New Media Commons studio opens, provides professional audio equipment

University students and staff now have access to a new audio recording studio equipped with high quality, professional equipment, said Eric Kurt, Media Commons coordinator. 

Kurt said the project first began in January 2013 after staff of the Media Commons, located in the Undergraduate Library, began to look at ways for professors to make simple audio recordings of lectures. 

Prior to the studio’s installation, the Media Commons offered video production and digital media, but audio production was not yet available for those who wished to work on higher level projects.

Retrofitting classrooms into audio studios by adding sound insulation and microphones was an option, but after Kurt discovered the Beckman Institute was looking for a new home for their audio studio to reclaim space, he immediately took action. 

As long as the UGL could move the studio over, it was theirs, Kurt said.

“Each of the components weighs anywhere from two to 600 pounds, so you can’t just carry it up and down the stairs,” Kurt said. “We’re underground, so what ended up happening is they ended up dropping it with a crane into the courtyard, which was really cool to watch. Then they just took it into the doors and built it in place.”

The audio studio has two rooms — one is roughly 6-by-6 feet and the other is 12-by-12 — that are connected through soundproof glass so that patrons can look between both rooms, said Jake Metz, Media Commons tech support specialist.  

Metz is in charge of planning what type of technology is needed to support the Media Commons’ mission of helping patrons create media, he said. 

“We’re helping them create higher quality media,” he said. “A lot of times when you hear a podcast, someone’s just recorded it on their computer or their phone, the audio quality’s not that great. You might have a lot of background noise going on, ... so really what this will offer is a chance for people to do very high-quality professional audio recordings.”

The audio studio could eventually compensate for music recordings, although Media Commons staff are not yet sure how that would work in a small booth as opposed to a larger recording studio, Metz said. 

“If you could possibly bring instruments in there, that’d be pretty cool,” said Zack Zlevor, freshman in FAA. “I know for a lot of the art and design majors, people who are going into filmmaking, it’s really important that they have perfect sound because it can make or break a project.” 

Zlevor said the Media Commons has more equipment than the School of Art and Design, which could allow he and his peers to create higher quality projects. He also thinks the studio is an important tool for professors. 

“Recording the lectures is a really great idea because the professors can record all of their lectures, which I know most of them probably wouldn’t, but if you missed a class, that’d be really nice,” Zlevor said.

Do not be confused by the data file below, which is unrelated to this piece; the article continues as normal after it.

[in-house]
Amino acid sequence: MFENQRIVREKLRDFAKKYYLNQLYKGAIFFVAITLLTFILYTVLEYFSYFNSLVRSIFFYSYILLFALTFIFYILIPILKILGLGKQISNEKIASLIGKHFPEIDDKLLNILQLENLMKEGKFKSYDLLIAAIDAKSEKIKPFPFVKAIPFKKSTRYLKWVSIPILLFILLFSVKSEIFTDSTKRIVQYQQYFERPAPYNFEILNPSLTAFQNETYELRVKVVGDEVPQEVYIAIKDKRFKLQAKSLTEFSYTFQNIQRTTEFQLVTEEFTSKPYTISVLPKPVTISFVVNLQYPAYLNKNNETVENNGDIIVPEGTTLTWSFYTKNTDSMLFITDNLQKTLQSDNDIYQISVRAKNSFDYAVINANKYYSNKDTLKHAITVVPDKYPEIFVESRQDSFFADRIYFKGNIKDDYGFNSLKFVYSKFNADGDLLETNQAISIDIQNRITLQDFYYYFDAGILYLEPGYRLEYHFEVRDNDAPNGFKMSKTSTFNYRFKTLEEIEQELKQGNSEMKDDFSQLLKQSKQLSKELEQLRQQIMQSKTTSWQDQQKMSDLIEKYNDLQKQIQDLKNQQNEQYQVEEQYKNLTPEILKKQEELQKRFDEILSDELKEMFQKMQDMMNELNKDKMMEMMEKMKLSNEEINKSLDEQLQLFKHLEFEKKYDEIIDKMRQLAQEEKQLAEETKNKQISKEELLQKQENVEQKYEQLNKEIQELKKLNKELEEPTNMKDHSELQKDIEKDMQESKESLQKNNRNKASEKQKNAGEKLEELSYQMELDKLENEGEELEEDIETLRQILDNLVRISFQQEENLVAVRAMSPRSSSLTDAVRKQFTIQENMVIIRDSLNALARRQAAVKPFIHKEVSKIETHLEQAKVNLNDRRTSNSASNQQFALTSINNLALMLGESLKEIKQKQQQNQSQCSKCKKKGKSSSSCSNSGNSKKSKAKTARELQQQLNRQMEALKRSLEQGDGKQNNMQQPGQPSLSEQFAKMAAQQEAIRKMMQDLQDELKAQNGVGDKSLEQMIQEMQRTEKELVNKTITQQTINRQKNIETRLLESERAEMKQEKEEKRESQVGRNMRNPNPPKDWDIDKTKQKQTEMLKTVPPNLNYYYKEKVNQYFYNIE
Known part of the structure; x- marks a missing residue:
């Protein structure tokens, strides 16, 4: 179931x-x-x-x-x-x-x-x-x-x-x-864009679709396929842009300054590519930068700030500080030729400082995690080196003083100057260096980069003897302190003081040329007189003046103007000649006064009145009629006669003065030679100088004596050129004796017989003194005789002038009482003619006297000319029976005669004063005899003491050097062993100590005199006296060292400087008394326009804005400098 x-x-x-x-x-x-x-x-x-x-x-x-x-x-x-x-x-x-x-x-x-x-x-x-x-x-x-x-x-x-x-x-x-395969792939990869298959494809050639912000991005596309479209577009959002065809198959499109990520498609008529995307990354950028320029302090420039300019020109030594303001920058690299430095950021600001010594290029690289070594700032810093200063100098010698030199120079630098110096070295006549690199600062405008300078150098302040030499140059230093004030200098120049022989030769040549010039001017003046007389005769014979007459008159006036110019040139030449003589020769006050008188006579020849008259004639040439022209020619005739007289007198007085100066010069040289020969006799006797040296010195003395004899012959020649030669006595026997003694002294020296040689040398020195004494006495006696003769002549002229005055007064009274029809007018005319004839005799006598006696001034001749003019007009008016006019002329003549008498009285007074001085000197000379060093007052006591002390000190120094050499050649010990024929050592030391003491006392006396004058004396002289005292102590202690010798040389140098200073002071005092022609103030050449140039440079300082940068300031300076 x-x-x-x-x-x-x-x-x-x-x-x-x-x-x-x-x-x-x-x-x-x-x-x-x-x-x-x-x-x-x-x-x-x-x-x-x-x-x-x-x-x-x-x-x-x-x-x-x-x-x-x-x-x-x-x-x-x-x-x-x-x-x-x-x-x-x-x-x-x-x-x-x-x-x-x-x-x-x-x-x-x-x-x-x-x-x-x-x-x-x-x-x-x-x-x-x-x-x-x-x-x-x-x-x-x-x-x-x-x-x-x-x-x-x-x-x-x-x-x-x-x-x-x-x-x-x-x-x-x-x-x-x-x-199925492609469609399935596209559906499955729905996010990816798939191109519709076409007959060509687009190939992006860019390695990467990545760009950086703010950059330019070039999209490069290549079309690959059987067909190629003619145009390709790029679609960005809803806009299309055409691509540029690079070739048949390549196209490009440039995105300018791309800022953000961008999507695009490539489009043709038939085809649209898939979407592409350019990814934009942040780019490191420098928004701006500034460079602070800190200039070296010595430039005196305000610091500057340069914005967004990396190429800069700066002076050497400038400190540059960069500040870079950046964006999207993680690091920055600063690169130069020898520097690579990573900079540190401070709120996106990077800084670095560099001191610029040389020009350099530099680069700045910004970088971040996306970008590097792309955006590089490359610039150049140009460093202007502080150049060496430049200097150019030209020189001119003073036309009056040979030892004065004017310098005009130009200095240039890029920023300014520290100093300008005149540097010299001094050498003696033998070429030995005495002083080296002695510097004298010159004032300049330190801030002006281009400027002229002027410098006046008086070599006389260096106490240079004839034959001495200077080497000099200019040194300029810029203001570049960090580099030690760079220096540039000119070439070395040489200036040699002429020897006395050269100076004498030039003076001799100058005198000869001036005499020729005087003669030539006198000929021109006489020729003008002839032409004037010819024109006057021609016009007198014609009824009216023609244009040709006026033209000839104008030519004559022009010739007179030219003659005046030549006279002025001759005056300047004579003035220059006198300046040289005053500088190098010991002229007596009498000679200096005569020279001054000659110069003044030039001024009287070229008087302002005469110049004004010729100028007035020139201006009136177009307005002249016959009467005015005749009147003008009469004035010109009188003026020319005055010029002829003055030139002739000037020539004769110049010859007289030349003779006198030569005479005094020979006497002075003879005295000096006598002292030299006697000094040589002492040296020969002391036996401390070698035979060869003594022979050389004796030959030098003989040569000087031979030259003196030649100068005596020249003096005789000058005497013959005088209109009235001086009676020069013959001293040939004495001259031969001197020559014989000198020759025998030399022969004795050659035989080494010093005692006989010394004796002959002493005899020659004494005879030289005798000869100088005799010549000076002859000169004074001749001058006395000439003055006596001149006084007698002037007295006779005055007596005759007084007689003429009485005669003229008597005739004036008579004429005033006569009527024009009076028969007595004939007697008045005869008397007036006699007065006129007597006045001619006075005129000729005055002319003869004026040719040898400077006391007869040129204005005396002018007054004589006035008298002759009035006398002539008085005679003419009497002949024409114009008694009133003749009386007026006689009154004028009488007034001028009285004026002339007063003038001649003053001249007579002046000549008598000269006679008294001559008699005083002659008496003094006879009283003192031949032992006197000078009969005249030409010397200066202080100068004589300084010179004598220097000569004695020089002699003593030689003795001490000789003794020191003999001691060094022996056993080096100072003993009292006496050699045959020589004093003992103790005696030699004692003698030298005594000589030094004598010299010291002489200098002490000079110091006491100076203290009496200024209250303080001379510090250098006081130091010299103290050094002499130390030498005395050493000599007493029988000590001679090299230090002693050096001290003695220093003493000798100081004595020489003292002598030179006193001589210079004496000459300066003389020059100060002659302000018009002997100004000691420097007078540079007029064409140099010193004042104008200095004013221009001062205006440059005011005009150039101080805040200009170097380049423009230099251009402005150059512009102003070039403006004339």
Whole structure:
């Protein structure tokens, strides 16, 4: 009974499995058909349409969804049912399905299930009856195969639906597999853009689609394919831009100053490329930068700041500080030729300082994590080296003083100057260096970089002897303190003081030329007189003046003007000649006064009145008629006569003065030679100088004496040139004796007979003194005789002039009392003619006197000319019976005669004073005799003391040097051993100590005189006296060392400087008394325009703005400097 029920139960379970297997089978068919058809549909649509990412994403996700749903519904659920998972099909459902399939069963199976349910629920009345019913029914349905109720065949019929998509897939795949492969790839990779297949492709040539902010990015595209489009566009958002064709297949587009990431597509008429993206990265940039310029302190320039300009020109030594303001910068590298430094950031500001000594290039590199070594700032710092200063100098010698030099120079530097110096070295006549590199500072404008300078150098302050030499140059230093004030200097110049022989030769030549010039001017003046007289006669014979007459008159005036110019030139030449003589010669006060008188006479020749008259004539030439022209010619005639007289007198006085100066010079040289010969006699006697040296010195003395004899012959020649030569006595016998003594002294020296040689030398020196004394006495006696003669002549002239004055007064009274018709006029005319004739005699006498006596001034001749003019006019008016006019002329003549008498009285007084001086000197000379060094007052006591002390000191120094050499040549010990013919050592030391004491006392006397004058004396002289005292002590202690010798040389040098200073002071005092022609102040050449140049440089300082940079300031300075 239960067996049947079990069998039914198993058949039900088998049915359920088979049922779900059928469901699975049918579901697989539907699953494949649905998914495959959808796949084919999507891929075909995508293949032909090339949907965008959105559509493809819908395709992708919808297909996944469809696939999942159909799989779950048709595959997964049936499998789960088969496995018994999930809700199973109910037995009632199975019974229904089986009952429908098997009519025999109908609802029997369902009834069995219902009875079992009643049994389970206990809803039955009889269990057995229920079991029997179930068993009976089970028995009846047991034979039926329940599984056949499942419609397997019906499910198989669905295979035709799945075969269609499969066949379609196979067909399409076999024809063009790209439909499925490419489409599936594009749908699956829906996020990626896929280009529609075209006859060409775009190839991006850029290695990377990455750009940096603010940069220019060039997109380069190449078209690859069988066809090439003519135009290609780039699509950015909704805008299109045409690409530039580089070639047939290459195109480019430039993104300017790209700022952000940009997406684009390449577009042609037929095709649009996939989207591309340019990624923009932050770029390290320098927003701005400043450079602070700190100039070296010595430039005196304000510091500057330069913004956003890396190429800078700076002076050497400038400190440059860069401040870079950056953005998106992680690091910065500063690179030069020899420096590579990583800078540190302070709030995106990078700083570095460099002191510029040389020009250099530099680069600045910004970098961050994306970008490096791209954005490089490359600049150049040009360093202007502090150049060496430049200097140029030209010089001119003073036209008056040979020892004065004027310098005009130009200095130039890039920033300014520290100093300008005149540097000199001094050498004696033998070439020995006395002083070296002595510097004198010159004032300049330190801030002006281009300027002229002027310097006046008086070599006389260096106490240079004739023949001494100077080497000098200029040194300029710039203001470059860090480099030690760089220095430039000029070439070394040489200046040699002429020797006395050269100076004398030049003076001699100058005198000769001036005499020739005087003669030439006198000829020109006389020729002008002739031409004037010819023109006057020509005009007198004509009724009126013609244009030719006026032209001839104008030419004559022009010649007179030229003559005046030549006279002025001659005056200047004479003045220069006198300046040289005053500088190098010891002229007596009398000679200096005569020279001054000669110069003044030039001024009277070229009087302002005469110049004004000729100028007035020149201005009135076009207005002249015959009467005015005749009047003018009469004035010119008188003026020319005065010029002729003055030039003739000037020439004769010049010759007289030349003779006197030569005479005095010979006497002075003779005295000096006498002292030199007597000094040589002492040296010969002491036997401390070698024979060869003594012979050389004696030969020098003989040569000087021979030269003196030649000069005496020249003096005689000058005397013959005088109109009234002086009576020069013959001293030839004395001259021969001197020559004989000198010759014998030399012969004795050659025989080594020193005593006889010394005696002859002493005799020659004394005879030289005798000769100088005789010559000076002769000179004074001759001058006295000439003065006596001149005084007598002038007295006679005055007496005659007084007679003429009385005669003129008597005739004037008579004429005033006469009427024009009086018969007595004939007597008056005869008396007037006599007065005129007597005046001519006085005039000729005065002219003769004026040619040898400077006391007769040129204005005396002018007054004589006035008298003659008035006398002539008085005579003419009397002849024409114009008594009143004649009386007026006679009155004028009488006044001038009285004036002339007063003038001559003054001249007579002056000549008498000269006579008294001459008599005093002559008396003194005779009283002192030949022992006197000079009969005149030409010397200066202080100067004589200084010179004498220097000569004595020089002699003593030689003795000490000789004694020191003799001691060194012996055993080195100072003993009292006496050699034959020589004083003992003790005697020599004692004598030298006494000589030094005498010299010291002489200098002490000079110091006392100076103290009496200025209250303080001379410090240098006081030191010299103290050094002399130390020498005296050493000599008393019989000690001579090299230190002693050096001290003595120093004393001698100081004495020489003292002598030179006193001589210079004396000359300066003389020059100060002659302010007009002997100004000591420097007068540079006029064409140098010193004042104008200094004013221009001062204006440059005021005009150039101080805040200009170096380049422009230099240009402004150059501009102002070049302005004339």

While the glass is not certified soundproof, it reduces the volume level significantly. Both rooms will be outfitted with two broadcast microphones as well as a four-channel recording interface, a four-channel headphone monitoring system, headphones and a recording computer.

“We’re also going to try to make kind of a kiosk-style recording booth using an iPad so that you’ll be able to record directly onto the iPad, mix your whole project and then e-mail it or Dropbox it to yourself,” Metz said. 

Patrons can also bring their own microphones, recording interfaces, headphones and even computers, Metz said. 

“We will be fully outfitted to do two channel at first — audio podcasting or audio interviews, (when) you have two people at once,” he said. “That might expand eventually, but this will be kind of the initial offering.”

To use the studio, Kurt said they are looking into implementing an automatic form, but for now, staff will ask potential patrons questions about their project pertaining to what the project is, how many people are involved, what kind of interview will be conducted and when.

“The reason we ask these questions is just so that we can provide some advice in how you set up the recording or the equipment that you use,” Kurt said. 

The Media Commons is expecting to work further with audio production, including being able to do simple recordings in which students can obtain their footage instantly without the complexities that go along with a video studio, Kurt said. 

“We want to expand,” he said. “We’ve got a video studio, we’ve got an audio studio, we’re looking at building some smaller self-video and audio studios, so very small rooms that are completely autonomous that you can come in and check out.”

Metz hopes that patrons come out to make use of the new studio and its equipment as well as the Media Commons’ staff. 

“We have staff here who will help people learn to use this equipment and we can also answer a lot of questions for people who are creating media projects for the first time or people are working on a project and want to make it better,” Metz said. “We hold a lot of expertise in the available equipment and also the available techniques that people might not be taking advantage of to create superior media projects.”

Brittney can be reached at